911 Operator: Career Information and Requirements
911 operators require some on-the-job training and education. Learn about the education and job duties to determine if this is the right career for you.
Individuals responsible for handling incoming calls for police, fire and ambulance assistance and assessing the caller's needs are called 911 operators or emergency dispatchers. Dispatchers work in a high-energy environment and must be able to make quick decisions while communicating with callers who are in an emergency. A high school education is usually required to become a 911 operator, and on-the-job training varies by employer
|Required Education||High school diploma or equivalent|
|Other Requirements||Employer training|
|Projected Job Growth (2012-2022)*||8%|
|Average Salary (2013)*||$38,960|
Source:*U.S. Bureau of Labor Statistics
Career Information for 911 Operators
A 911 dispatcher answers incoming calls pertaining to both emergency and non-emergency situations. A dispatcher needs to be able to multi-task and remain calm while communicating necessary information to a caller who may be in crisis. The emergency dispatcher evaluates the situation and then decides which services, as well as how many personnel, to send to the scene.
Other responsibilities may include filing reports of calls received and providing resources and information to callers in non-emergency situations. Dispatchers may work in police stations, firehouses, medical centers or general communication centers. Positions may also be available at universities or private businesses, such as security companies.
Employers commonly provide specific training for new 911 emergency operators. Training covers the technical aspects of radio equipment and broadcasting as well as general communication skills and stress management. The U.S. Bureau of Labor Statistics notes that dispatcher training can generally take from 3-6 months to complete (www.bls.gov). CPR certification and completion of an emergency medical dispatch course may be a prerequisite for handling calls pertaining to medical emergencies.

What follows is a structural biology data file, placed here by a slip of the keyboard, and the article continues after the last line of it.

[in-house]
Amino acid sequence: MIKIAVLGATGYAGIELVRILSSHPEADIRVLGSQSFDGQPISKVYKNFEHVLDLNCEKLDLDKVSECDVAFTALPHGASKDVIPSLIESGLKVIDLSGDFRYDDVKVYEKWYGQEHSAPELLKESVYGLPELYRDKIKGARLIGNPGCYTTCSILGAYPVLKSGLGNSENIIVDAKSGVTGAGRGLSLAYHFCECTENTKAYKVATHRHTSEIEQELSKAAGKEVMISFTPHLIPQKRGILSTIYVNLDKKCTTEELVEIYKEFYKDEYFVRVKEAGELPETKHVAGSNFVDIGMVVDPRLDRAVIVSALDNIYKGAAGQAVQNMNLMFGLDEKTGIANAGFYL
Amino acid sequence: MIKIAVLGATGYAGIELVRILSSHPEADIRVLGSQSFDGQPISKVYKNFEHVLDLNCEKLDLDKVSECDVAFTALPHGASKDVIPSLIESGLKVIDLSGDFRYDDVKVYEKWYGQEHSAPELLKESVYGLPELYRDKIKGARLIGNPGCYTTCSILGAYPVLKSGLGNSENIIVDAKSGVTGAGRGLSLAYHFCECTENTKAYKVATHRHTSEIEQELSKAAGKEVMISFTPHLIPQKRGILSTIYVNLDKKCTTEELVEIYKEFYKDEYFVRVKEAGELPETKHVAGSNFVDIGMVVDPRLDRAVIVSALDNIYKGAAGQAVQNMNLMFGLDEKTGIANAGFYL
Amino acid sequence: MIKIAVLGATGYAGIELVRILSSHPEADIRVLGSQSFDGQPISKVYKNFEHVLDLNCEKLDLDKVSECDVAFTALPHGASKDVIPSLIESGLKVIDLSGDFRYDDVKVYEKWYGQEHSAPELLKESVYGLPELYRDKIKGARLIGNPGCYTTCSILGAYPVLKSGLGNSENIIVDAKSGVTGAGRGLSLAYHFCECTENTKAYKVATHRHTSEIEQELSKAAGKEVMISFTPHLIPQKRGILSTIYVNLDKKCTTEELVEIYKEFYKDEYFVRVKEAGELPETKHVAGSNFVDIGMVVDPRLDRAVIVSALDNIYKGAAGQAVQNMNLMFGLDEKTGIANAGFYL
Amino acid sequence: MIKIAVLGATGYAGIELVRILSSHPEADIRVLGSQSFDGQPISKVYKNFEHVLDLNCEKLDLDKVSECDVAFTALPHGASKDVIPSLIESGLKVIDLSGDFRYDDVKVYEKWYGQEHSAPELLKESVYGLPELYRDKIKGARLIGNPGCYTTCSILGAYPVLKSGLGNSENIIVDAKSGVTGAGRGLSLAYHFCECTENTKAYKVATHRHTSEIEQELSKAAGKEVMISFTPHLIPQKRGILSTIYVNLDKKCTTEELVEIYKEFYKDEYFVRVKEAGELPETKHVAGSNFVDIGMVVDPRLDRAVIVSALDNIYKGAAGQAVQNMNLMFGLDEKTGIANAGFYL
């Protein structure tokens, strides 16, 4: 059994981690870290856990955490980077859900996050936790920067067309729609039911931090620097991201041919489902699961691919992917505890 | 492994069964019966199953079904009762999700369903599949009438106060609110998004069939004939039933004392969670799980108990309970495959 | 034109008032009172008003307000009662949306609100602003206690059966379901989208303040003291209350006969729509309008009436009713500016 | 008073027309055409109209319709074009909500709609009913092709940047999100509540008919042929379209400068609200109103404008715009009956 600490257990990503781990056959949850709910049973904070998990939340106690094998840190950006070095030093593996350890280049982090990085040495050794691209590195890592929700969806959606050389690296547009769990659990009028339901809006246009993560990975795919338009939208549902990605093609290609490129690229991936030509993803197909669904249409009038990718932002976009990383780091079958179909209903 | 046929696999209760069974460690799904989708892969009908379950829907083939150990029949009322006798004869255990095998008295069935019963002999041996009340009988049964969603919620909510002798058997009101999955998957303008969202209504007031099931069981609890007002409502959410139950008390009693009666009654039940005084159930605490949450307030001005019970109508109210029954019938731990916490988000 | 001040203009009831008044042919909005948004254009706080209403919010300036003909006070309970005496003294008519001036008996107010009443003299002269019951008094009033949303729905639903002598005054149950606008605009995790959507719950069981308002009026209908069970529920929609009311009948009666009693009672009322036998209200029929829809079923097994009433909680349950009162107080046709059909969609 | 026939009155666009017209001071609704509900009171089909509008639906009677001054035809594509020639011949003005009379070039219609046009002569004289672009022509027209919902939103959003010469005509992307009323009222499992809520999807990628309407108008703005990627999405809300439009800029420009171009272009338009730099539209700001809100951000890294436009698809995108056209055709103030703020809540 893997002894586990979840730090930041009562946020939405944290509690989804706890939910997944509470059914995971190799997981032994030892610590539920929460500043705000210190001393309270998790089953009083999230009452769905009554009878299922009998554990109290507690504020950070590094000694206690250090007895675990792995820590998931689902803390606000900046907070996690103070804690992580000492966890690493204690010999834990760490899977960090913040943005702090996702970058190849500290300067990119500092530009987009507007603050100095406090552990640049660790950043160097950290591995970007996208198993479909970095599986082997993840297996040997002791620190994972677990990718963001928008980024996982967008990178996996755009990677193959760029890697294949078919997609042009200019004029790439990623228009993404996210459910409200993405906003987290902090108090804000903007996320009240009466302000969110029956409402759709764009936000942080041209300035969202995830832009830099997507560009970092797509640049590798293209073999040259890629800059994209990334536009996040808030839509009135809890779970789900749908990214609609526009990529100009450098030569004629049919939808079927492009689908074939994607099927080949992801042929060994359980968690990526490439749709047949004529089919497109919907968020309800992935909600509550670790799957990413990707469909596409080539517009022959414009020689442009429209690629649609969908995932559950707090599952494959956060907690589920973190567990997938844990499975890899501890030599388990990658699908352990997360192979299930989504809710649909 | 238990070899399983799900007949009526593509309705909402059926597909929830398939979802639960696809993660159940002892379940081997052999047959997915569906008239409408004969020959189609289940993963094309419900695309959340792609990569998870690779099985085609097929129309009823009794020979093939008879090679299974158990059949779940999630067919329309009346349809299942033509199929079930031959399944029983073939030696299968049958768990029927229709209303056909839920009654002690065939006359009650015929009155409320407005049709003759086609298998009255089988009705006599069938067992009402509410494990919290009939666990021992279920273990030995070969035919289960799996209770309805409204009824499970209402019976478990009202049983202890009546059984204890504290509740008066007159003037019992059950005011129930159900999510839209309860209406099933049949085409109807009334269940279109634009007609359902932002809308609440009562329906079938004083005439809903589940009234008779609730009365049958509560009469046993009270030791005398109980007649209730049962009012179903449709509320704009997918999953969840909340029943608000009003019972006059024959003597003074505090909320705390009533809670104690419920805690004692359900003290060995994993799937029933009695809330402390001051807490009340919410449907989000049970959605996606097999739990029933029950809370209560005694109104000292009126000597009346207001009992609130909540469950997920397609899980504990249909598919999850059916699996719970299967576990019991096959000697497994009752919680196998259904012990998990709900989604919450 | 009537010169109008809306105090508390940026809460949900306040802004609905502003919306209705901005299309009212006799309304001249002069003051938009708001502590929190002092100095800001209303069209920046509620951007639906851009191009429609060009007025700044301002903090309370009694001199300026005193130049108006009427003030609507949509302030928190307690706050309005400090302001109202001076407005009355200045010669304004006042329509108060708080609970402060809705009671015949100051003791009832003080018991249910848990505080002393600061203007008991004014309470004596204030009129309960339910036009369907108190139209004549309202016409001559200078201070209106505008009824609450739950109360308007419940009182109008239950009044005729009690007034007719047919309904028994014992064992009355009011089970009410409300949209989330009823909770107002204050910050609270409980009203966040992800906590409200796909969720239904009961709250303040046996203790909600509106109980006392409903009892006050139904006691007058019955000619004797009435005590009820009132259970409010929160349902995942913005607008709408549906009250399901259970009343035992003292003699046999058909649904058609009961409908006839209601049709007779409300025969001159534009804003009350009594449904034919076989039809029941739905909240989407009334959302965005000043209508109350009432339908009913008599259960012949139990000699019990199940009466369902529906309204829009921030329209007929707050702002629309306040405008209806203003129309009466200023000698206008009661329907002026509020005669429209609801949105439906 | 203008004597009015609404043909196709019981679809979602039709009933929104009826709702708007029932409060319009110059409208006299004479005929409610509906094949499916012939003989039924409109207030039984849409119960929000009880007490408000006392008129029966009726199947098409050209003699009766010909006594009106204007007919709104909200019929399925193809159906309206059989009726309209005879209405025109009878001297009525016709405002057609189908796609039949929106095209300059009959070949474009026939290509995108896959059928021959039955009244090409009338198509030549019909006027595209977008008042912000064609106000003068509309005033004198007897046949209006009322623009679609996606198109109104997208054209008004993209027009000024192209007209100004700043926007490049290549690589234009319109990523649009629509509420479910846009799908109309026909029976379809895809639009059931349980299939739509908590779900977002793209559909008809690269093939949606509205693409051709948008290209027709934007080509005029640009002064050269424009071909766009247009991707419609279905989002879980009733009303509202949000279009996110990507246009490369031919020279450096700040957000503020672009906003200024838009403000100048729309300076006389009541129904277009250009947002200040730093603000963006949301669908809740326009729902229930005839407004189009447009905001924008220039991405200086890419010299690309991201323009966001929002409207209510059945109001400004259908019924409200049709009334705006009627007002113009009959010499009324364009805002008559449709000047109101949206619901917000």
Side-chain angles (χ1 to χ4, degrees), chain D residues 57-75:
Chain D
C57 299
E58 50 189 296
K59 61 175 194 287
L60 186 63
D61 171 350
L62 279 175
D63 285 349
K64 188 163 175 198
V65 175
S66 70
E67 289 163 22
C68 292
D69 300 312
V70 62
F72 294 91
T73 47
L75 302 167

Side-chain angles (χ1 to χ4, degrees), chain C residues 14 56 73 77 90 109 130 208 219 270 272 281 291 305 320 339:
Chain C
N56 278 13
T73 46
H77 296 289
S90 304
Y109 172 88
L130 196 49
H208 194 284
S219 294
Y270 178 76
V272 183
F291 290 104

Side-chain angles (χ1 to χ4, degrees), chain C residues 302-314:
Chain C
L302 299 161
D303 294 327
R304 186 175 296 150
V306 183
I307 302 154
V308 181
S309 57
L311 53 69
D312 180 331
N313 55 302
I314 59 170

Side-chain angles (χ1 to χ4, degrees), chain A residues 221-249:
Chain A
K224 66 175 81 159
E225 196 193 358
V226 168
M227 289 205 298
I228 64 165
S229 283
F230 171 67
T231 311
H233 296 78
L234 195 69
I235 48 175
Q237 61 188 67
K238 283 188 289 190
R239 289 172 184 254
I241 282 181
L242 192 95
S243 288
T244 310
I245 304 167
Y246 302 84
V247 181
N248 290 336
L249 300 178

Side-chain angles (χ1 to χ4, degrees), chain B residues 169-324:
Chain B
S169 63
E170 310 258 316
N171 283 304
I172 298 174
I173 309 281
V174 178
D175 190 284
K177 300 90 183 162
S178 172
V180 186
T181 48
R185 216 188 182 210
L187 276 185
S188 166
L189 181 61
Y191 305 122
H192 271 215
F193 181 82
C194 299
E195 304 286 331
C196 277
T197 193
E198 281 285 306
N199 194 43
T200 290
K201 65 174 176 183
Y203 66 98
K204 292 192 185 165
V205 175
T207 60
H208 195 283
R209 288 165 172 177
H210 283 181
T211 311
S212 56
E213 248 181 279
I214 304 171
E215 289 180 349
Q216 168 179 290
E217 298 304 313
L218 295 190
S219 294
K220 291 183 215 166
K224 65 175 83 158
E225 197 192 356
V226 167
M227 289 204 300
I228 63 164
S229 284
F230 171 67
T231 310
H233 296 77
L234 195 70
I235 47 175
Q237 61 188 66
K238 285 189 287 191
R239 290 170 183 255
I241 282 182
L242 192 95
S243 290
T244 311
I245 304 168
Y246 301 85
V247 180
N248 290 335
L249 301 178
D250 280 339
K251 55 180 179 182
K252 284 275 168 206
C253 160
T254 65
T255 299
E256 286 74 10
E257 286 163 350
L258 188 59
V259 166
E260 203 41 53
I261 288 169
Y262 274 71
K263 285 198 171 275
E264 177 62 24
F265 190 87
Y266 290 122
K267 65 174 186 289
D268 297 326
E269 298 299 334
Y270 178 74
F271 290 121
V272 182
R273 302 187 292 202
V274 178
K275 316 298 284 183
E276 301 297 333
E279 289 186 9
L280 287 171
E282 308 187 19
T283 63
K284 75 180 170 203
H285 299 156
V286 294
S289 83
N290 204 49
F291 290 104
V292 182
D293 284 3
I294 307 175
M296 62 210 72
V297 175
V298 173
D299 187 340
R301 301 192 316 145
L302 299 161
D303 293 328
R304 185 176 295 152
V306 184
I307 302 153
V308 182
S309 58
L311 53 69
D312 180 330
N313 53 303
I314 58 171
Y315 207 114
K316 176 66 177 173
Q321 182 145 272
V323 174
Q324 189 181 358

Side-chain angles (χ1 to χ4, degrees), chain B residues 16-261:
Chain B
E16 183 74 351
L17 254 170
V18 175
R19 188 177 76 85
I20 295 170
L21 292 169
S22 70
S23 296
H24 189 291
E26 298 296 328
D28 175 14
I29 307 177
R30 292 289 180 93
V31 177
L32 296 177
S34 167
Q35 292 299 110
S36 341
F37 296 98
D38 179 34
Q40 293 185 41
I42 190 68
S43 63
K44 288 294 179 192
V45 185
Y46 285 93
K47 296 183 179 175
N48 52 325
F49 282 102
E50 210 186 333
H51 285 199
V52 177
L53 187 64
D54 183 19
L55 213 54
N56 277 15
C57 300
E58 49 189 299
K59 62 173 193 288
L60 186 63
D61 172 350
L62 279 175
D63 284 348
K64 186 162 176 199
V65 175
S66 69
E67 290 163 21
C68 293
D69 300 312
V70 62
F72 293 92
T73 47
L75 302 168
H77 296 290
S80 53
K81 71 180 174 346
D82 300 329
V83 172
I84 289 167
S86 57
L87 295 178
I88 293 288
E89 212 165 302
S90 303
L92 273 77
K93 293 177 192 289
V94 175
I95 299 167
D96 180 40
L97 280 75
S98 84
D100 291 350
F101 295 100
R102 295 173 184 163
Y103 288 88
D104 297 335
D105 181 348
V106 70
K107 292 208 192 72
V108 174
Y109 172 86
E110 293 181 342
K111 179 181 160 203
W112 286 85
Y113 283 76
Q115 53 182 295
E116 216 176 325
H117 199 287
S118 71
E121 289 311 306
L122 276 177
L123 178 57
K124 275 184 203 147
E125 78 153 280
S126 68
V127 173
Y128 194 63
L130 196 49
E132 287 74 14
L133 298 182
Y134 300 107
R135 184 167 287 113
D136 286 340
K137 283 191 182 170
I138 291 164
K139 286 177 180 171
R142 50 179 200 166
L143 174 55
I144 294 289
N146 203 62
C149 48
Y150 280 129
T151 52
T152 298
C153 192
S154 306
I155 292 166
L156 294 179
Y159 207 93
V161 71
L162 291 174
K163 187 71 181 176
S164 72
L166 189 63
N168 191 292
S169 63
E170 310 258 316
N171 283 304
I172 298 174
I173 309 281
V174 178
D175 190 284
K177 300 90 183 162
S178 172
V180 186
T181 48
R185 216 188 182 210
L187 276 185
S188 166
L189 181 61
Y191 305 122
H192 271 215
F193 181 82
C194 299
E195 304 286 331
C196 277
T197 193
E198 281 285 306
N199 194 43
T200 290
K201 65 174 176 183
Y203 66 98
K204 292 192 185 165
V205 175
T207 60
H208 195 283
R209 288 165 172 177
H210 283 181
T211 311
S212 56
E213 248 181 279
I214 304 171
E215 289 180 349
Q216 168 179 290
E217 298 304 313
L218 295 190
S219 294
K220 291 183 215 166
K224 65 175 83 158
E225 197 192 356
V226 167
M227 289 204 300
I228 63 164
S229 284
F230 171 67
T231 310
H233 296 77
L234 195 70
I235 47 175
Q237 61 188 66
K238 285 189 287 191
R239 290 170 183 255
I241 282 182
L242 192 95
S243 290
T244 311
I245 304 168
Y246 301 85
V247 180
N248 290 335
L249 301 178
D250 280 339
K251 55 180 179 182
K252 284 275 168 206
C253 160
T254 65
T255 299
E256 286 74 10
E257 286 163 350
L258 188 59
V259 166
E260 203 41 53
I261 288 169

Dispatcher training often includes the completion of a certificate program in emergency communications. Depending on the employer, this certificate program may constitute the entirety of the job training or may be required in conjunction with other training specific to the employer. Many universities and colleges offer certificate programs for 911 operators as part of their communications or criminal justice departments, and it may be possible to take courses online.
A high school education is usually required to become a 911 operator; however, prerequisites vary by employer. Other desired attributes may include relevant college coursework, previous experience operating broadcasting equipment or proficiency in a foreign language. Dispatchers are expected to have good people skills and to remain calm and reassure callers in crisis.
Employment Outlook and Salary
Job opportunities for police, fire and ambulance dispatchers were projected to increase by eight percent between 2012 and 2022, per BLS figures. A growing population and the prevalence of cellular phones were expected to result in more calls to dispatchers. Employee turnover should also drive job growth.
The BLS reported that these dispatchers earned an average annual wage of $38,960 in 2013. The highest paying sectors included elementary and secondary schools, state governments and specialty hospitals, all of which paid average annual salaries of more than $40,000.